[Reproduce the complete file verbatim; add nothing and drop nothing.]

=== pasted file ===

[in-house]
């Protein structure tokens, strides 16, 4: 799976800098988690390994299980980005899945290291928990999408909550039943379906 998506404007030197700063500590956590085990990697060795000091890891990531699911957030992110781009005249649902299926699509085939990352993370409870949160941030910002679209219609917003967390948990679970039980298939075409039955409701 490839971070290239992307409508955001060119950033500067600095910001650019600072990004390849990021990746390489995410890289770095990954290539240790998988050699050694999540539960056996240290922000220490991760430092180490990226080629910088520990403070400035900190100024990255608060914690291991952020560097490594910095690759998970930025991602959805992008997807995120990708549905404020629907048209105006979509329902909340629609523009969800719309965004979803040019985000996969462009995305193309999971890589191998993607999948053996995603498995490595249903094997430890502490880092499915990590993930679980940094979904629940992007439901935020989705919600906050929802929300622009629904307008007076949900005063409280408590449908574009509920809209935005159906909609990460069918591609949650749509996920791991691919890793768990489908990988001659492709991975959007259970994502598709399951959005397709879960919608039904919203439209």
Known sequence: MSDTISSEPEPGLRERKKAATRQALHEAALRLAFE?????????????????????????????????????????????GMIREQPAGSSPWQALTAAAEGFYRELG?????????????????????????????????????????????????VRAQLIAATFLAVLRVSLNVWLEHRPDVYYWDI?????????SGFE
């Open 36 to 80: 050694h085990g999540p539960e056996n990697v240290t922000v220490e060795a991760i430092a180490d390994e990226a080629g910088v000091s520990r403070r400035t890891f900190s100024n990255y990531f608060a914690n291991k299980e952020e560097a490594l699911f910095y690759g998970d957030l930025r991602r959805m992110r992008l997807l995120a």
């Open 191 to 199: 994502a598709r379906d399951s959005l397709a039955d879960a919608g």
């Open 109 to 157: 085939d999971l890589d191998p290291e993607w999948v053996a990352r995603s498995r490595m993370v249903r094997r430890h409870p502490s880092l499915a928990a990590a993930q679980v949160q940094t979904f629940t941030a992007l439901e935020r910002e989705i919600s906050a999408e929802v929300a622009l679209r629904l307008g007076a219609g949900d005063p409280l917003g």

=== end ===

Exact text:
[in-house]
């Protein structure tokens, strides 16, 4: 799976800098988690390994299980980005899945290291928990999408909550039943379906 998506404007030197700063500590956590085990990697060795000091890891990531699911957030992110781009005249649902299926699509085939990352993370409870949160941030910002679209219609917003967390948990679970039980298939075409039955409701 490839971070290239992307409508955001060119950033500067600095910001650019600072990004390849990021990746390489995410890289770095990954290539240790998988050699050694999540539960056996240290922000220490991760430092180490990226080629910088520990403070400035900190100024990255608060914690291991952020560097490594910095690759998970930025991602959805992008997807995120990708549905404020629907048209105006979509329902909340629609523009969800719309965004979803040019985000996969462009995305193309999971890589191998993607999948053996995603498995490595249903094997430890502490880092499915990590993930679980940094979904629940992007439901935020989705919600906050929802929300622009629904307008007076949900005063409280408590449908574009509920809209935005159906909609990460069918591609949650749509996920791991691919890793768990489908990988001659492709991975959007259970994502598709399951959005397709879960919608039904919203439209």
Known sequence: MSDTISSEPEPGLRERKKAATRQALHEAALRLAFE?????????????????????????????????????????????GMIREQPAGSSPWQALTAAAEGFYRELG?????????????????????????????????????????????????VRAQLIAATFLAVLRVSLNVWLEHRPDVYYWDI?????????SGFE
């Open 36 to 80: 050694h085990g999540p539960e056996n990697v240290t922000v220490e060795a991760i430092a180490d390994e990226a080629g910088v000091s520990r403070r400035t890891f900190s100024n990255y990531f608060a914690n291991k299980e952020e560097a490594l699911f910095y690759g998970d957030l930025r991602r959805m992110r992008l997807l995120a």
């Open 191 to 199: 994502a598709r379906d399951s959005l397709a039955d879960a919608g």
């Open 109 to 157: 085939d999971l890589d191998p290291e993607w999948v053996a990352r995603s498995r490595m993370v249903r094997r430890h409870p502490s880092l499915a928990a990590a993930q679980v949160q940094t979904f629940t941030a992007l439901e935020r910002e989705i919600s906050a999408e929802v929300a622009l679209r629904l307008g007076a219609g949900d005063p409280l917003g």